Employers in 2018: Five trends you should be thinking about
We have identified five areas that all businesses should be considering now, and in the future.
These days, it seems like we’re never too far away from the next crisis. It can be difficult to keep track of all the changes taking place in wider society. We have identified five areas that all businesses should be considering now, and in the future.
Growing businesses should be fast, reactive, agile and forward-thinking. One way of ensuring this is through cloud business.
Costly IT servers, hardware and software solutions are becoming a thing of the past. The cloud and software-as-a-service solutions are revolutionising the way businesses operate, for everything from enhancing individual accounting functions to full IT infrastructure. Cloud computing allows individuals to store and process data in a privately owned cloud server.
Businesses are waking up to the efficiencies that cloud computing has to offer. We’re barely touching the surface, and yet the measurable impact it is having on business cost and profit margins already are extraordinary.
2. Data and cyber-security
A well-thought out, and developed, cyber security plan tends to translate into a business that can identify and react appropriately to the many factors affecting their work. Control of their tech estate is key for any well-managed company.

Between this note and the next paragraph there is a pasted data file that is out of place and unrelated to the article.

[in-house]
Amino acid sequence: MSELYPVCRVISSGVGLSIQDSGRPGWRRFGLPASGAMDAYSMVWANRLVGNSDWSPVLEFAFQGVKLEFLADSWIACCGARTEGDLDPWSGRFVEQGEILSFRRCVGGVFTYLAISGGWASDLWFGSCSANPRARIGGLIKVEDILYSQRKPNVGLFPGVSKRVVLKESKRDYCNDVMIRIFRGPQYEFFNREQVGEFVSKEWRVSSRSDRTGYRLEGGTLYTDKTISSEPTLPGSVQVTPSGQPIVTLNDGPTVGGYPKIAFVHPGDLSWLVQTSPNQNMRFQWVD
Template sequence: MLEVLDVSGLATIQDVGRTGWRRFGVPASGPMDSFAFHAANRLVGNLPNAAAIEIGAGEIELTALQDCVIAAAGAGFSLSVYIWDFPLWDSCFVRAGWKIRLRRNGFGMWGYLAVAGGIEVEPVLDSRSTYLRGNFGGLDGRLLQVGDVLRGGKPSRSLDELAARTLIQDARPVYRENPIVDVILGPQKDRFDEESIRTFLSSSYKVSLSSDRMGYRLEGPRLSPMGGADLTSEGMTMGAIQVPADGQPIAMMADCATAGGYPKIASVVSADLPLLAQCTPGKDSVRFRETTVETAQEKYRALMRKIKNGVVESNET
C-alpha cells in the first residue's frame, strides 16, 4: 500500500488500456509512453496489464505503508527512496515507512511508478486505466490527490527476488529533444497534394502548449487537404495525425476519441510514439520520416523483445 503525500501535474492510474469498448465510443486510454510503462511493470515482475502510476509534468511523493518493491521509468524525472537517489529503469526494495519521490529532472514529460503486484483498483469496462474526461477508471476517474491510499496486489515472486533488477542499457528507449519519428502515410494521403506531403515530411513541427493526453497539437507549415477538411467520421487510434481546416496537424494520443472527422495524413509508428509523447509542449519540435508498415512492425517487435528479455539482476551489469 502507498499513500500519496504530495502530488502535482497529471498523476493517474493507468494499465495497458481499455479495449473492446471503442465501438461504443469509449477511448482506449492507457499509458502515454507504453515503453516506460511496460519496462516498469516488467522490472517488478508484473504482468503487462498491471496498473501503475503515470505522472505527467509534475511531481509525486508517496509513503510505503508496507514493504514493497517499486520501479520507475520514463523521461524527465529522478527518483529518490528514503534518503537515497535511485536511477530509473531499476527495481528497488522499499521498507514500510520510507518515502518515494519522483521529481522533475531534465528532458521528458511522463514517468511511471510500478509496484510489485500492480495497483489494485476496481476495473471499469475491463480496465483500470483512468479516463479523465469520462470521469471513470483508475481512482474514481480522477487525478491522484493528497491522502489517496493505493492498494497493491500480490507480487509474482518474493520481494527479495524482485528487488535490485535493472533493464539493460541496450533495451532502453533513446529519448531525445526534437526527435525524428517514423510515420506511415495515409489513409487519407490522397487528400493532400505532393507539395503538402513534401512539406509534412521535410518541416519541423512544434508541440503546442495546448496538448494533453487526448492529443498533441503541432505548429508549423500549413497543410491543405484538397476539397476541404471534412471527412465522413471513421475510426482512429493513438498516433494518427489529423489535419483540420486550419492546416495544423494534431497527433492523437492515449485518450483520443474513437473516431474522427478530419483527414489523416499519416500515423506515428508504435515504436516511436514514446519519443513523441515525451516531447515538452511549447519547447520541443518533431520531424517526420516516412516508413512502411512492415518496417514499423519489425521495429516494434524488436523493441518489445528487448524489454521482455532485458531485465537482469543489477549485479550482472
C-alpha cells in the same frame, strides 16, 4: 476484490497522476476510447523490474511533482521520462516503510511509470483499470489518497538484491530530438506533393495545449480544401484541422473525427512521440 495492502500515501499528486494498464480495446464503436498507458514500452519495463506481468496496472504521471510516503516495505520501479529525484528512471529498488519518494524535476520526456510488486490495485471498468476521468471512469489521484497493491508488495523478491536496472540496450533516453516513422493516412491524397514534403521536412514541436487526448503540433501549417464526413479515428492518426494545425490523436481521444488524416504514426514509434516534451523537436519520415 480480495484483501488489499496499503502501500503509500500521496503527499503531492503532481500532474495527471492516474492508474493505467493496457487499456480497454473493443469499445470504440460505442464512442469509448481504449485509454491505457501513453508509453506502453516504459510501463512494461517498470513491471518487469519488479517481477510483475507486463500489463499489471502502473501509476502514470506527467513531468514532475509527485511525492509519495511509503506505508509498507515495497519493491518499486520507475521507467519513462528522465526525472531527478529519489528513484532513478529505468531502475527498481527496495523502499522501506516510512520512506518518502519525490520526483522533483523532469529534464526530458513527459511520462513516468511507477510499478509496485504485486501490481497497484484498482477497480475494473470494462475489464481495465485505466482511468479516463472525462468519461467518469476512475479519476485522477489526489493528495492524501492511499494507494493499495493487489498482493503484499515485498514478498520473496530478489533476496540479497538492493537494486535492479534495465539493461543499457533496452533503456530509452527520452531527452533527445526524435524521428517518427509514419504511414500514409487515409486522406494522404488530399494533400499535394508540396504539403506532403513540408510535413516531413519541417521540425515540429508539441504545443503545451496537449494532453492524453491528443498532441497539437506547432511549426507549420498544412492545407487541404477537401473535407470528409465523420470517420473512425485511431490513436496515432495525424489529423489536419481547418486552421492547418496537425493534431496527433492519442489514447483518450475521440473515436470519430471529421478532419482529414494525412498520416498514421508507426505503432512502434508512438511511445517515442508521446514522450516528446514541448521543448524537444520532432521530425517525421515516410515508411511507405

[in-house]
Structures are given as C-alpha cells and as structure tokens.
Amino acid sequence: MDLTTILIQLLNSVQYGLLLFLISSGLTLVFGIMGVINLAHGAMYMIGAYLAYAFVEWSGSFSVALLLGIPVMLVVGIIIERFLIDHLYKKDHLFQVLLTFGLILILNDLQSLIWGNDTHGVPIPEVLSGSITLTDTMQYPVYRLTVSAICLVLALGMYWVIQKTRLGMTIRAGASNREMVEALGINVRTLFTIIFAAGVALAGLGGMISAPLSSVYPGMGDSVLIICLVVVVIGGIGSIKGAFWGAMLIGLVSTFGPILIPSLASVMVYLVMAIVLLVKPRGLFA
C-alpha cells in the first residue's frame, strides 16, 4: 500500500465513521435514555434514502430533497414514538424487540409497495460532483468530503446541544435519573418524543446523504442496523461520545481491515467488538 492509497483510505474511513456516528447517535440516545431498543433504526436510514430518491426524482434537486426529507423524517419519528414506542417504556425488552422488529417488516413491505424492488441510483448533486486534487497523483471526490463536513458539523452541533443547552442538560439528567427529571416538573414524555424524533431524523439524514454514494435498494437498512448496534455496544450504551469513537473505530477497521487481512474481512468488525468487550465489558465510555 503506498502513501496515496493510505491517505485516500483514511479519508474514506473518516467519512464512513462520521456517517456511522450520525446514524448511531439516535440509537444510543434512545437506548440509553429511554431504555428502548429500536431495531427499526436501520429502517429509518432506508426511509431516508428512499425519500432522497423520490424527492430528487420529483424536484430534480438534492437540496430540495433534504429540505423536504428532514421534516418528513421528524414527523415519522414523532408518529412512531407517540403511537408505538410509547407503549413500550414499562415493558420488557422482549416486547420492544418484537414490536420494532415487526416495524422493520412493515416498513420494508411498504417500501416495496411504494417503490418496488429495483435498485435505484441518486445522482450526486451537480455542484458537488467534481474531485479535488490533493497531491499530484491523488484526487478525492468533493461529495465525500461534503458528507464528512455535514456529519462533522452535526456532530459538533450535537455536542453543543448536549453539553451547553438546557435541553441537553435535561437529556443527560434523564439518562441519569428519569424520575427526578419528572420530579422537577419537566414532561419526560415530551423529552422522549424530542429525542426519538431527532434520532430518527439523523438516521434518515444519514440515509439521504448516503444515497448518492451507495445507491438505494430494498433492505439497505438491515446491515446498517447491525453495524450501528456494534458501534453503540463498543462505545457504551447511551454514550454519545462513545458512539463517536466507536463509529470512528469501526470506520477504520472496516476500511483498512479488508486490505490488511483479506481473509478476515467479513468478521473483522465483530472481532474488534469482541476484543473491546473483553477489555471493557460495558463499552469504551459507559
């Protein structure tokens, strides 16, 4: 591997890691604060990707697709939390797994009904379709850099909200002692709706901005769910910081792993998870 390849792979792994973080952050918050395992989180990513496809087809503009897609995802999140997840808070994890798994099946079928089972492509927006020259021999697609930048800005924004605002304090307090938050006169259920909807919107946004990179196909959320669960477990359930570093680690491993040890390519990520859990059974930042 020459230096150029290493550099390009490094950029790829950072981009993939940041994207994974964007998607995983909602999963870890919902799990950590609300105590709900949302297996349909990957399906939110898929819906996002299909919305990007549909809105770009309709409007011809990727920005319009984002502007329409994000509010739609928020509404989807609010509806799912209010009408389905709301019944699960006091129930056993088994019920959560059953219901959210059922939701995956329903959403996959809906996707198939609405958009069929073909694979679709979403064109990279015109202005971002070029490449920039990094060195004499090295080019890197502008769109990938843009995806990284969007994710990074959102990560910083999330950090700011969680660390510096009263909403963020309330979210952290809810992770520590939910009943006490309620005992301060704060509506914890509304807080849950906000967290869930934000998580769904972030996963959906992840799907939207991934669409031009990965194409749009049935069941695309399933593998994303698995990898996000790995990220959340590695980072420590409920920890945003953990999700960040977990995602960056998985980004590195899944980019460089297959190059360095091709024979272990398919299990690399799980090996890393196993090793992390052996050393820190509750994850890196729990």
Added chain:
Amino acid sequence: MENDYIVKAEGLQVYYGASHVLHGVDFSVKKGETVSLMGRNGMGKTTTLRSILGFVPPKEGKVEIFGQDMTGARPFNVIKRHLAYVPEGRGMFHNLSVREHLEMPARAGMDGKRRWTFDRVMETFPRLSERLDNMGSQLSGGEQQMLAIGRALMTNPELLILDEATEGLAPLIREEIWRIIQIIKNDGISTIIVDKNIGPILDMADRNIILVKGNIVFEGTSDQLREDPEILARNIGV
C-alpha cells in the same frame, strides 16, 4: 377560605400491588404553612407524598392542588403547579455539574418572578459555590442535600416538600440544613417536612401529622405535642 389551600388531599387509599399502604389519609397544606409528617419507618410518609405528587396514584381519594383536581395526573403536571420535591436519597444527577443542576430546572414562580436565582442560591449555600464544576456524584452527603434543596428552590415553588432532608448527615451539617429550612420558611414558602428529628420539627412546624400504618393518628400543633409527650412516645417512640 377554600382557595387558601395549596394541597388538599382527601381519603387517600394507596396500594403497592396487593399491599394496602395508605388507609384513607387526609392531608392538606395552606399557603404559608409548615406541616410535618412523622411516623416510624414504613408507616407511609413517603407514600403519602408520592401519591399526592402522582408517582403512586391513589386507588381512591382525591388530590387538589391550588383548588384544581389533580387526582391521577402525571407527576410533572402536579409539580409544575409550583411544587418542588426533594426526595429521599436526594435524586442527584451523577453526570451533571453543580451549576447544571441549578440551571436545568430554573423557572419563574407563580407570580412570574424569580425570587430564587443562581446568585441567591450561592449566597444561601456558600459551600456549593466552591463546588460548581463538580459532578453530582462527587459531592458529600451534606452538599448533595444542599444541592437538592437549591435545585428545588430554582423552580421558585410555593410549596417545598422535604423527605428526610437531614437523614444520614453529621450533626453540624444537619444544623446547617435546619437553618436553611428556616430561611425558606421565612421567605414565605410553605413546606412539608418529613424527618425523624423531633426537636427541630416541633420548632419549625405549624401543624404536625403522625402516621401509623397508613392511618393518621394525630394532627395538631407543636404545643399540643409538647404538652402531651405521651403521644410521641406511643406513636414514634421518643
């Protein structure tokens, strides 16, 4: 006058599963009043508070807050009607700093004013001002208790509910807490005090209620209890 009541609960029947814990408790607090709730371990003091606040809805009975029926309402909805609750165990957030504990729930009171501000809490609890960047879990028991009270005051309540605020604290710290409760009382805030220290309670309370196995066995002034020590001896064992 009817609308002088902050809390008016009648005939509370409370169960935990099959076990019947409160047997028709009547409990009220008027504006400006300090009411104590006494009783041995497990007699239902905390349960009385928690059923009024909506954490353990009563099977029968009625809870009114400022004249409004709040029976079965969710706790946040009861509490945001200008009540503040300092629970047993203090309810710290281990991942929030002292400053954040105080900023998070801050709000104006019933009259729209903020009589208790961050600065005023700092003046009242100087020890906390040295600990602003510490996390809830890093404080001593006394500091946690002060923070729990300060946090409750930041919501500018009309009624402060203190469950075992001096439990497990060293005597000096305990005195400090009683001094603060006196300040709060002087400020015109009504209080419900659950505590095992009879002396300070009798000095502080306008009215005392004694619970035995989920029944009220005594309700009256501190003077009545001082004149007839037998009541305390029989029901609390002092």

This is increasingly relevant: the recent implementation of the GDPR affects just about any economic entity, regardless of its scale and location. Any company that has its own payroll accounting department or a comprehensive customer administration system is covered, as are all companies that request personal data from customers.
The changes are far-reaching: it is almost unthinkable to consider a company existing without the personal data of customers, suppliers or employees - and the existence of such data should trigger a review to ensure GDPR readiness.
At a consumer level, AI can already be seen in products with domestic use (such as Amazon’s Alexa personal assistant or the driverless cars currently being developed by Tesla, BMW and Toyota and others).
The potential application to business is equally significant: AI is increasingly automating manual processes, increasing efficiency while driving down cost and reducing the risk of human error. It also allows businesses to focus their time and effort on the activities which generate the most value.
In future, machines are expected to undertake the cognitive aspects of tasks rather than purely mechanical elements, potentially threatening roles in professional services. Jobs are likely to be lost to technology and artificial intelligence.
The removal of lower to middle skilled jobs will be part of a number of business models. The better businesses will be those that do not lose that workforce, but rather upskill them to support these emerging technologies.
4. Employee benefits
Strategic employee benefits reviews have not been top of recent to-do lists for many human resources or finance directors. Benefits are often assessed on a ‘cost’ basis, i.e. looking for savings where possible, particularly in times of economic uncertainty.